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Sui Park: “Jeong”

as the Unifying Force on the Structures of Reality 

By Chunbum Park, December 15, 2023

I remember meeting Sui Park at art school in 2011, where she was an Interior Architecture graduate student. Although I was an odd and reclusive creature at the time, the artist conversed with me with great warmth, and I felt that she wanted to understand and connect with me on a spiritual level. Her overall warmth could be phrased as “jeong” in Korean, which is a collective sense of affection, emotional connection, and loyalty. Just as she cared for me as a younger generation Korean/Korean American, Sui Park views the world with jeong, care, and affection, and her art could be seen as a product of this spirit. At the Sapar Contemporary in Tribeca, Sui Park’s solo exhibition, “Weaving Colors into Cosmos,” curated by Dr. Barbara Stehle, presents sculptural forms or units that appear to suggest microscopically the biological and macroscopically the cosmological. What do these forms mean, and why do they appear so mesmerizing and dear to us?

While we can examine and dissect Sui Park’s works in terms of form, color, and meaning, I believe that I must always go back to the Korean conception of jeong in reading her works because my first encounter with the artist was colored with such warmth and understanding. To explain it at greater length, jeong, which is pronounced as “chung” (or rather, “jung”), is a philosophy originating from Korea that involves empathy, kindness, and the gradual deepening of friendship and bonding. The organisms or the intergalactic clusters of matter and energy are all made of the same stuff (microfilaments) and interconnected, just as the people who have feelings of jeong are united by a strong sense of connection as well. The units are often assembled into superclusters or groupings, so that there are many in one and one in many. Some groupings (such as in “Molecule 2C”) appear somewhat disconnected at first sight, but they also may indicate the strong efforts that are required for the units to bond with one another.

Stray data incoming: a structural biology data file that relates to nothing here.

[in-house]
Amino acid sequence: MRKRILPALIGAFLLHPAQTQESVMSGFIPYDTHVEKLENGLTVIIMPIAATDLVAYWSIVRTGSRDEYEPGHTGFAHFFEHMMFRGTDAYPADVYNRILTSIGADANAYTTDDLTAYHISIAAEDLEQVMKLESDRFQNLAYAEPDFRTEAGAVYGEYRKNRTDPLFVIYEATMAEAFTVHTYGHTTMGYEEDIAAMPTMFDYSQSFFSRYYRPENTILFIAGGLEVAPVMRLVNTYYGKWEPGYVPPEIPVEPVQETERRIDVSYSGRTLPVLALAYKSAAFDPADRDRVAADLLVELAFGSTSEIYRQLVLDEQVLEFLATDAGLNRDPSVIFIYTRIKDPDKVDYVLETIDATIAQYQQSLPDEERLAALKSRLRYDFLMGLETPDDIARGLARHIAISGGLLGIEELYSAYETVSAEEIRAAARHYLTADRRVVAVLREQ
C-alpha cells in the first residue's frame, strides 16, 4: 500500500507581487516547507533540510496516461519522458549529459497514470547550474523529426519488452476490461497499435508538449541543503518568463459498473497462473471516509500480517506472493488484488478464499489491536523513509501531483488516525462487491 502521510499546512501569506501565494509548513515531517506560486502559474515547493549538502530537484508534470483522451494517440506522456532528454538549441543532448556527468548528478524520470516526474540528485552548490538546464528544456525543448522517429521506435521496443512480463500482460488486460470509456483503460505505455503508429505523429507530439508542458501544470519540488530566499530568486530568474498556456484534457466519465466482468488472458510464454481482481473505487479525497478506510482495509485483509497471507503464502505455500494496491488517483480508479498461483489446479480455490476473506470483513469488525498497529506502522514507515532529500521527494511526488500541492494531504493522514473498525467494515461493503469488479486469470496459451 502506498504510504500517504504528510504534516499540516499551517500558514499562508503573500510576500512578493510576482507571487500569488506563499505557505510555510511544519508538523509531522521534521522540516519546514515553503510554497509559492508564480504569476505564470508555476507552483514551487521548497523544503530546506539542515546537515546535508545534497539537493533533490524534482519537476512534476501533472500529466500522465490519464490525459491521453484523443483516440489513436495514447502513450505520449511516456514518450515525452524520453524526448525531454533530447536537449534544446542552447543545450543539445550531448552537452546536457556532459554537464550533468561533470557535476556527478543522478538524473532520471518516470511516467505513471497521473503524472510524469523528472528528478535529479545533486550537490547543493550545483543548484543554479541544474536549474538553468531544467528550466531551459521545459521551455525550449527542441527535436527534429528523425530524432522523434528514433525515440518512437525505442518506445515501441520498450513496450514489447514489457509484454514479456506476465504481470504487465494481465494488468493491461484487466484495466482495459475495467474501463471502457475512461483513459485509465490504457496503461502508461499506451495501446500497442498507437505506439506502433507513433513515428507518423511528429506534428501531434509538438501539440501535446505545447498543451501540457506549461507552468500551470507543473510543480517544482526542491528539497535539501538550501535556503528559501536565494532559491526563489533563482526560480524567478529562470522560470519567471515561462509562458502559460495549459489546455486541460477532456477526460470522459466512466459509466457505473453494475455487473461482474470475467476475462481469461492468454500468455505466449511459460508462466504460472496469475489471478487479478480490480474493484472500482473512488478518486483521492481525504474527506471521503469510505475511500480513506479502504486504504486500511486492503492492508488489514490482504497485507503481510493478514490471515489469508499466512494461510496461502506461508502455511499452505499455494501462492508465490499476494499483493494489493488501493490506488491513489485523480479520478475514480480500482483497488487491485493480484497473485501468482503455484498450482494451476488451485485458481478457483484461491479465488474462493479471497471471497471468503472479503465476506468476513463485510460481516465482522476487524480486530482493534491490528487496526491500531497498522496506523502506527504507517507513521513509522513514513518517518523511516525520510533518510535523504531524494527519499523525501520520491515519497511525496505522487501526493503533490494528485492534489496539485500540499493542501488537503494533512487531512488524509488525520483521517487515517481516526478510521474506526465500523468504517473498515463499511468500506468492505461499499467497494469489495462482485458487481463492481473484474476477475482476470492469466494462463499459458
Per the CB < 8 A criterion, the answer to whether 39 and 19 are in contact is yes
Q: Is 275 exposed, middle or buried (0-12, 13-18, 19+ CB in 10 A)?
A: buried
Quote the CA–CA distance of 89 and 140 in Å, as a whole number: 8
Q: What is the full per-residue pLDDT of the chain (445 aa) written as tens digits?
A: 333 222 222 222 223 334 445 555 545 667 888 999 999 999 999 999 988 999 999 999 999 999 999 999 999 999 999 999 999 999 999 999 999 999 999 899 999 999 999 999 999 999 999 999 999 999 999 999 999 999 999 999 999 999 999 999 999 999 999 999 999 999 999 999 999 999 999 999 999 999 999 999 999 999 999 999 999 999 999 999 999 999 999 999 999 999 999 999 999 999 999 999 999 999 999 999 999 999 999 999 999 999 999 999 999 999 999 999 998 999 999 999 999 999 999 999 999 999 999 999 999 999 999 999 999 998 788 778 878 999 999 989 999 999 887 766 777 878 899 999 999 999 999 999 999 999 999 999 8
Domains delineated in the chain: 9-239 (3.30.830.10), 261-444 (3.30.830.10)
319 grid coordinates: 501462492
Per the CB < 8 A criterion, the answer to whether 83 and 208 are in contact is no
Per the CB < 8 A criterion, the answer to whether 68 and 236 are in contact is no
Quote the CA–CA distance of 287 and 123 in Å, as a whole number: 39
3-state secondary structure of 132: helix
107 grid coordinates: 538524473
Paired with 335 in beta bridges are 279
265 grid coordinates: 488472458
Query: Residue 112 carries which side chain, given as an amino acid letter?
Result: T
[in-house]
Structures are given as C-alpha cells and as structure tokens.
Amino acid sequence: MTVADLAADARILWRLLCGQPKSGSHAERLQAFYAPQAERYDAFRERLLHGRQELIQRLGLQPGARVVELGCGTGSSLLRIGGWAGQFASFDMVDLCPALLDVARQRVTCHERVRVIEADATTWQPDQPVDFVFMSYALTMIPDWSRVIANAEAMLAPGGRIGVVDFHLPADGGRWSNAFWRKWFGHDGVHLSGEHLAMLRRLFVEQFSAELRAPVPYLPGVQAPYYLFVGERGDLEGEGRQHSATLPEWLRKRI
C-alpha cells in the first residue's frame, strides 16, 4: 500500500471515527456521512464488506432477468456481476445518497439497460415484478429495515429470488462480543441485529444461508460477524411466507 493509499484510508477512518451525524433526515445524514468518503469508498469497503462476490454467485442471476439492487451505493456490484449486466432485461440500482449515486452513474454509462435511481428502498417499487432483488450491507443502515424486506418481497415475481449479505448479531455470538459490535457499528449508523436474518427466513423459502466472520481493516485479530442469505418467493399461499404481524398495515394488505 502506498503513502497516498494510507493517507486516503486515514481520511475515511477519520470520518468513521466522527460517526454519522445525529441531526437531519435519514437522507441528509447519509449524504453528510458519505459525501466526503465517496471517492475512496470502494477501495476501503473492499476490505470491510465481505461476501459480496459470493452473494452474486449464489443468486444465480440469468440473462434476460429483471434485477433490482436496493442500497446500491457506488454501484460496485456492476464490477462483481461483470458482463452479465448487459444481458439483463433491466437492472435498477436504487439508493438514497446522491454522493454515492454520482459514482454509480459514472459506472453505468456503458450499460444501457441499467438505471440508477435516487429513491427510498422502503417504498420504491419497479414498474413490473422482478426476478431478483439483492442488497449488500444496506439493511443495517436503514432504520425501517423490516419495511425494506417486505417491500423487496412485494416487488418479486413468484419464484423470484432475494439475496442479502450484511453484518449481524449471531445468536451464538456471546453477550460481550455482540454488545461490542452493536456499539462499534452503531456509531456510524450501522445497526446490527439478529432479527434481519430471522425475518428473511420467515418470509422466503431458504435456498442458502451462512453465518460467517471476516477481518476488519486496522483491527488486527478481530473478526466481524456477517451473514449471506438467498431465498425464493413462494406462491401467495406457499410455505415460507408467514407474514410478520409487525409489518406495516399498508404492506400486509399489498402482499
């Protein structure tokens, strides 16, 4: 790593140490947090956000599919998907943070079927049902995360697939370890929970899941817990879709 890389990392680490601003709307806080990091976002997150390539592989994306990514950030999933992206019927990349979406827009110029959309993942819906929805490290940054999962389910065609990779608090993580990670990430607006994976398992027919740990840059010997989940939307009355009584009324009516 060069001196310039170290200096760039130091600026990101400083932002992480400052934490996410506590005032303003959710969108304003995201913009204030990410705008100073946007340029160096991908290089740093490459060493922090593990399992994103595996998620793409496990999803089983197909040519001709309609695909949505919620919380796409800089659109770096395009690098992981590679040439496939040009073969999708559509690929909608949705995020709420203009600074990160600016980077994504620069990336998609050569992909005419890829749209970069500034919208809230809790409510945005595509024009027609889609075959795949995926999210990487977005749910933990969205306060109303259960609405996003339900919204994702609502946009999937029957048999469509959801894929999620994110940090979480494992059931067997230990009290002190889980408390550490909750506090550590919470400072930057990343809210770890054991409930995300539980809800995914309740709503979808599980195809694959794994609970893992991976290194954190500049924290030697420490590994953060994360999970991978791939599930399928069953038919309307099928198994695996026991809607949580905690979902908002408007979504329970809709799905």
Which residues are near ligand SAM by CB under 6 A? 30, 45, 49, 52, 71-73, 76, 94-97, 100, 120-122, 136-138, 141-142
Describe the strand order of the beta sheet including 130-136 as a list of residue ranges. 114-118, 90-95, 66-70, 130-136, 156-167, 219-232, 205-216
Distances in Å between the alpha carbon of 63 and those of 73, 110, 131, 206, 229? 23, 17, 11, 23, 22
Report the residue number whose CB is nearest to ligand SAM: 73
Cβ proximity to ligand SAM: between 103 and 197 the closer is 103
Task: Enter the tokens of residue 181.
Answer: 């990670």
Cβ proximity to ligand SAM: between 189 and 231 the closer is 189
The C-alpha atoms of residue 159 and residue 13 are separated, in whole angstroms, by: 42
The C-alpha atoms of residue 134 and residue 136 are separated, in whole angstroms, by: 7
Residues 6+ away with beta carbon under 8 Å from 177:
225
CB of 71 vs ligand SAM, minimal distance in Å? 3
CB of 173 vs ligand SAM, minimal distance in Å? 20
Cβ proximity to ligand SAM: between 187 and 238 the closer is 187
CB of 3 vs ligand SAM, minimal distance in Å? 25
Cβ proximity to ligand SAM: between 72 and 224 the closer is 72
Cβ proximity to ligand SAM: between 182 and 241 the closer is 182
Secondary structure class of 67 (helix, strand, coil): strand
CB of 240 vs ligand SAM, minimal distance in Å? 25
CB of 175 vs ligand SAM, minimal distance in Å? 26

There is a subtle yet clear difference between communication and connection. Even as both occur in Sui Park’s works, I would like to emphasize connection or bonding as the main model through which the structures within and among Sui Park’s units interact. This is because any fleeting encounter between two beings or entities can establish an instance of communication, yet this is short-term. However, it is connection, like a satellite in orbit around a planet, or the chemical bonding of hydrogen and oxygen atoms to form a water molecule, which establishes a sustained and continual channel of communication between or among the parties involved. It is this interest in the long-term relationship and its deepening strength or bond that is an integral part of Sui Park’s art creations. Even in the works where the units are separated from one another, they are united by their common sense of direction, as evidenced in the “Pink Flow” series. 

We can also perceive Sui Park’s works through the lens of other Eastern beliefs describing cosmology, infinity, karma, and reincarnation. Reality is not continuous and solid as it seems, and we are all made of countless holes and empty spaces in our body. The shared essence of the mind and the universe is nothingness. When we look at Sui Park’s organisms woven with microfilaments, we see one structure leading to another and another, yet there is no source or origin. In a way, the empty negative spaces that surround and weave through the structures of microfilaments comprise the other half of Sui Park’s creations. The spaces are equally intricate and beautiful.


Sui Park’s creations follow a long tradition of women artists working in diverse media such as fabric and sculpture. (Dr. Stehle mentions Ruth Asawa, in addition to Gego and Tara Donovan in her essay.) Within the canon of Korean art history, one may also find Chunghi Choo (born 1938) as a possible genealogical forerunner or influence that we can reference in relation to Sui Park’s works, as both artists made sculptures consisting of interweaving forms, and they both studied at the Ewha Womans University in Korea, albeit at different eras. 

We find Sui Park’s art so mesmerizing absorbing because it reflects us and our relationship to everything and everyone around us. Through the power of jeong, Sui Park transforms the microfilaments into art with sincerity, which mirrors our image when we look at it and consider what it has to say. Being a Korean American, Sui Park may also reference the phrase “E pluribus unum,” which means, “out of many, one.” But if we take away the political-ness or the American-ness of this phrase, perhaps the artist means to really say that we are many in one and one in many, so peace, love, understanding, and compassion should prevail in us all. 

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